Sooner or later a mechanical watch will need to be serviced. If you’re collecting watches for a while or you’re part of an online watch community there’s a good chance you already know this.
These are the common views on servicing a watch:
- A mechanical watch needs to be serviced every 5 or 6 years.
- A mechanical watch only needs to be serviced when it’s starting to run fast or slow.
Why do you need to service a mechanical watch?
A movement and especially a mechanical movement consists of many different parts.
To function properly these parts need to be in good condition. Furthermore, they need to be clean and some parts need to be lubricated in a certain way.
Over time, the lubrication might dry out, thicken or filth and dirt might build up. These are all things you need to avoid to keep your watch in tip-top condition.
What does a service look like?
- A watchmaker will start by completely disassembling a watch.
- All the parts will be cleaned in an ultrasonic cleaner or in the watch cleaning machine.
- The watchmaker will check the parts for any wear or tear and worn parts will be replaced.
- The movement is put back together and lubricated with the correct oils and greases.
- The watch/movement is checked for magnetism and if needed, it’ll be demagnetized.
- The watch will be wound for a test run and observed for a period of, let’s say 24 hours.
- Finally, some last fine-tuning and regulating and it’s ready to be worn and treasured again.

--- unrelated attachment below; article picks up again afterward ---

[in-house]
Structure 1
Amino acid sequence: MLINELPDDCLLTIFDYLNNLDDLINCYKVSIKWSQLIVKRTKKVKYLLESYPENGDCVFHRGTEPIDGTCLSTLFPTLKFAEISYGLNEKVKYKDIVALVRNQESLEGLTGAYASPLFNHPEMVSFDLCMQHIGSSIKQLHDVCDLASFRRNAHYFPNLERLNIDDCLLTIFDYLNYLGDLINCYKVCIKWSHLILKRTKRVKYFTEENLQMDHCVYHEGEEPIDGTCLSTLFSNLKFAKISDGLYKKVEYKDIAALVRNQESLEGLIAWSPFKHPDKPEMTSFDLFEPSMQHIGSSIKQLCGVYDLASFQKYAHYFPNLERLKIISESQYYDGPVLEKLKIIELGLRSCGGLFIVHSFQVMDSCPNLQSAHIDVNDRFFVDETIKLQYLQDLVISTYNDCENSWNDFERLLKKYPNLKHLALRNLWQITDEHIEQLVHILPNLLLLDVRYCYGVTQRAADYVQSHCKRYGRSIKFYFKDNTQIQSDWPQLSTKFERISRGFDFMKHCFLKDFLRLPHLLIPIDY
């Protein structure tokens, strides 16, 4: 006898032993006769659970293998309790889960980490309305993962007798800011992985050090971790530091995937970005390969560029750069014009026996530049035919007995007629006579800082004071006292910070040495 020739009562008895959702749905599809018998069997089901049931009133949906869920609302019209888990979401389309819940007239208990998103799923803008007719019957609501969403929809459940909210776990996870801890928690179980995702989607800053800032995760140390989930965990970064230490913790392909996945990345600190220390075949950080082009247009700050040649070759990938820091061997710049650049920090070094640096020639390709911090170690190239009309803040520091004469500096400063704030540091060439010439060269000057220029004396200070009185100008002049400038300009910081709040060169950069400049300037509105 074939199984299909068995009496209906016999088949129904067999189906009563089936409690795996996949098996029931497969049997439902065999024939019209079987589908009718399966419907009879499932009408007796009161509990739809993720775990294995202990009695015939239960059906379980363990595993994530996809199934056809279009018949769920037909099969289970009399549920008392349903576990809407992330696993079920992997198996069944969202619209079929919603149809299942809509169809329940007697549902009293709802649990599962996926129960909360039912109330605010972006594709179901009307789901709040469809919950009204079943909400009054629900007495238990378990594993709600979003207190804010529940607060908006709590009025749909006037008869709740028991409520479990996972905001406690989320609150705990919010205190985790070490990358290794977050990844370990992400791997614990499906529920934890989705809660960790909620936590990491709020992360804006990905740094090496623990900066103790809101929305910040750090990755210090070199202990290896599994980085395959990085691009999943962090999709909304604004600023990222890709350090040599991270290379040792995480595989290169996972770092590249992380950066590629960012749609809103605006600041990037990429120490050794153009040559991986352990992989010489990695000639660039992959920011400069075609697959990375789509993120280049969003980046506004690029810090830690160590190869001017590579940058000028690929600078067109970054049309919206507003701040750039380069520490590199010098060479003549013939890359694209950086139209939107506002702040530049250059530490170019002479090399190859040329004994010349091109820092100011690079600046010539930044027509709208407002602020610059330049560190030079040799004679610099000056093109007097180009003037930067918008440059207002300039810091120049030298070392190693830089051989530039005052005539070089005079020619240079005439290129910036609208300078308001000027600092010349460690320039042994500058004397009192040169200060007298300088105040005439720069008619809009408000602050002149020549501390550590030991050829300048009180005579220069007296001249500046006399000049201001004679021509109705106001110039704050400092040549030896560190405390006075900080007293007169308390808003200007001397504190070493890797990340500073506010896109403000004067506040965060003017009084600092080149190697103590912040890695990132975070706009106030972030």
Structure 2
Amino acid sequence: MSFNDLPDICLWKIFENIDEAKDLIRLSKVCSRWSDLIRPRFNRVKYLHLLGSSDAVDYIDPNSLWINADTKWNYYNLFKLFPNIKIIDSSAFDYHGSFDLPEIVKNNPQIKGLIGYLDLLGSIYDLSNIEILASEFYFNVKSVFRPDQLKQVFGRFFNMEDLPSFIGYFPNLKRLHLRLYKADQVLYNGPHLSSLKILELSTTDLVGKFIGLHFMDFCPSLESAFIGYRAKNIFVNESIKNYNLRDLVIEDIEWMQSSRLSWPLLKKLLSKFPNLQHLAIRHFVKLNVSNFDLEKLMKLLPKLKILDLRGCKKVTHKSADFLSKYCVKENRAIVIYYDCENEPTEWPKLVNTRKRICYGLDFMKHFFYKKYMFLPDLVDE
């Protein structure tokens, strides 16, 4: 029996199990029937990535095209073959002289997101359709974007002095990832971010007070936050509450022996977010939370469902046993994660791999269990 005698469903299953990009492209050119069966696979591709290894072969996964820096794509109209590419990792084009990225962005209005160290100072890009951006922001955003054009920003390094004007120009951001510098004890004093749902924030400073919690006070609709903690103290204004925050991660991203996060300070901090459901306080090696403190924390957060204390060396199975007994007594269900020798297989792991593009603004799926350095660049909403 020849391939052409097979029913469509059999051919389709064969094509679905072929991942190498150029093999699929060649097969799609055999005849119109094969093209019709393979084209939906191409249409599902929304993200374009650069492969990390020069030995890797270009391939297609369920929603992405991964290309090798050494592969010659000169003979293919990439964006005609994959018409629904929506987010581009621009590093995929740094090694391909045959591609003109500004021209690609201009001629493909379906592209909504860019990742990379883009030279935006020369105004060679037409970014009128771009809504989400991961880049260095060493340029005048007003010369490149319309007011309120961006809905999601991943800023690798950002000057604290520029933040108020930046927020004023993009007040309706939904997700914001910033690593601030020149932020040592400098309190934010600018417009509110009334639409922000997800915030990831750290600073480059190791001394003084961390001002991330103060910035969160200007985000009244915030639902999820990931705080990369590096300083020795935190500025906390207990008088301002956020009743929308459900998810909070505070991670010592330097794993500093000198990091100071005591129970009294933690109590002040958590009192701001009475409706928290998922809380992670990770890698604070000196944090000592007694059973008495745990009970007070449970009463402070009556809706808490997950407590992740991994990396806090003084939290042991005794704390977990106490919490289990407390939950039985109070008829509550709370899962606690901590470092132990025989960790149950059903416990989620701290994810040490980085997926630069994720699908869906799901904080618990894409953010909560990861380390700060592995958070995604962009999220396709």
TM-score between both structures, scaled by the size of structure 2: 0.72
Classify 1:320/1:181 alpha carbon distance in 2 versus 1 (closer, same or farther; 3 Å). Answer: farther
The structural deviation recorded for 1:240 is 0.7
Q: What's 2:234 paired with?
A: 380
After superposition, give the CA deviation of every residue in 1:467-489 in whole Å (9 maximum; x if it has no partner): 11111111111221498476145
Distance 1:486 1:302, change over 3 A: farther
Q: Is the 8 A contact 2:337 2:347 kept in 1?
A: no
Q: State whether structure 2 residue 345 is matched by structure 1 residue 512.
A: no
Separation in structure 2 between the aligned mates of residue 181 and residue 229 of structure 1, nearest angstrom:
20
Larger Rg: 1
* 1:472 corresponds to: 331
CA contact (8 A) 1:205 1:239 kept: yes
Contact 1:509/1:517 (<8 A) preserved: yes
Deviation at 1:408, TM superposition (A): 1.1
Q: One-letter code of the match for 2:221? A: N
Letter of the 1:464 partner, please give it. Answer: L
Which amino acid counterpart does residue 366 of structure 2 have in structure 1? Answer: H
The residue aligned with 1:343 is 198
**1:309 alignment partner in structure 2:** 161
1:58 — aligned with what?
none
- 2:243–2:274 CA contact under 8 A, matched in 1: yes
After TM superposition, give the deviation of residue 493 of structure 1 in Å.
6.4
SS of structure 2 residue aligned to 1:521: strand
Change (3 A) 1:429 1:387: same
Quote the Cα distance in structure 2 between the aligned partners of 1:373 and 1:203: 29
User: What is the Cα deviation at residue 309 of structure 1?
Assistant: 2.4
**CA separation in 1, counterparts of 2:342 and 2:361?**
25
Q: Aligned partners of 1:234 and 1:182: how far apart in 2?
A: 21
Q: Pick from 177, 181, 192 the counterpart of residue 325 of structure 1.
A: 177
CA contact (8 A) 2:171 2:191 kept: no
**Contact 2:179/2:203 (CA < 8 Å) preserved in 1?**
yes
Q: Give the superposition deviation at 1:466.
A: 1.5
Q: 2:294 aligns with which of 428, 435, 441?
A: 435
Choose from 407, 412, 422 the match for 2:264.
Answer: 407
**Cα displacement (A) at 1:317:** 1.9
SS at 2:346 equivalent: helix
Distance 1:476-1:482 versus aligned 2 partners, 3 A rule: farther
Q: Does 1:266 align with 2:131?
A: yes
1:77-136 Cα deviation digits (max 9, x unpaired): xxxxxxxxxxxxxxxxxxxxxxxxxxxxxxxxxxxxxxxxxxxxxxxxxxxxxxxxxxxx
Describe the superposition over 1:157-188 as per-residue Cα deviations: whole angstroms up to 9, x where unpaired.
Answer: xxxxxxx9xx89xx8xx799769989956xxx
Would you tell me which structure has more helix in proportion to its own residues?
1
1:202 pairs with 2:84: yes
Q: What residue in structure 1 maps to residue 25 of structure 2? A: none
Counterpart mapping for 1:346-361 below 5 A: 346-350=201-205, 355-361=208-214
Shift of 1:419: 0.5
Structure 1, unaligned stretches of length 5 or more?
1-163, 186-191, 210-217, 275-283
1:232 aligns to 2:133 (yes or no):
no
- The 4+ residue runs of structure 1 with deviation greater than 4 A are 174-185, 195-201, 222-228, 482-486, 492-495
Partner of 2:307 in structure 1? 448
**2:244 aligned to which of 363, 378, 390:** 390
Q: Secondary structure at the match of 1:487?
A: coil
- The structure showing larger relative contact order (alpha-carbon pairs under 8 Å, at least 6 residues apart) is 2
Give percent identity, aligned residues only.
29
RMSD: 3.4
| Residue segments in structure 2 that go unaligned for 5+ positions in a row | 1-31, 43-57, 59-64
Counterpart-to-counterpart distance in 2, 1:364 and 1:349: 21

When to service a mechanical watch?
Most popular modern oils ( Moebius 9010/9020, 9415, etc.) have a shelf life of 6 years. Moebius D5 has a shelf life of 3 years but Moebius HP1300, the recommended replacement, has a shelf life of 6 years as well.
So, Moebius (part of the Swatch group) advises servicing a vintage watch every 6 years. That seems rather excessive though. You can imagine why it would be of interest to the Swatch group to promote a low service interval.
I’ve seen watches that were perhaps 10 years old that needed a full service and several parts to make it run properly again. I’ve also seen a lot of watches that were never serviced (or perhaps decades ago) but were still running well after all those years.
In my experience, the quality of the movement has more influence on the amount of wear than the service interval.
What I personally do, is I inspect the movement and especially the balance and its shock protection. After a service, the capstones of the shock protection are oiled to lubricate the pinions of the balance staff. When you look at the upper capstone of a recently serviced watch with magnification you can see a tiny bubble of oil.
I also look at the position of the regulator index and place the watch on a timing machine to determine the rate of the watch, the amplitude, and the beat error. If the regulator index is in the middle it tells you that the watch runs steadily without needing much compensation.
If the regulator index is heavily towards the “slow” side ( S for slow and R for retarder) it tells you that the movement runs too fast and heavy compensation was needed to keep the time. Of course, the same is true if it’s towards the “fast” side although that happens much less.
If the beat error is too high, the amplitude is too low or the rate is too high or low in combination with the position of the regulator index, it needs a service. Otherwise, it doesn’t.
If you don’t have the tools to measure its performance or you’d rather be safe than sorry, it can never hurt to follow Moebius’ advice on when to service a vintage watch.
Do you have any tips or questions? Leave them in the comments below.
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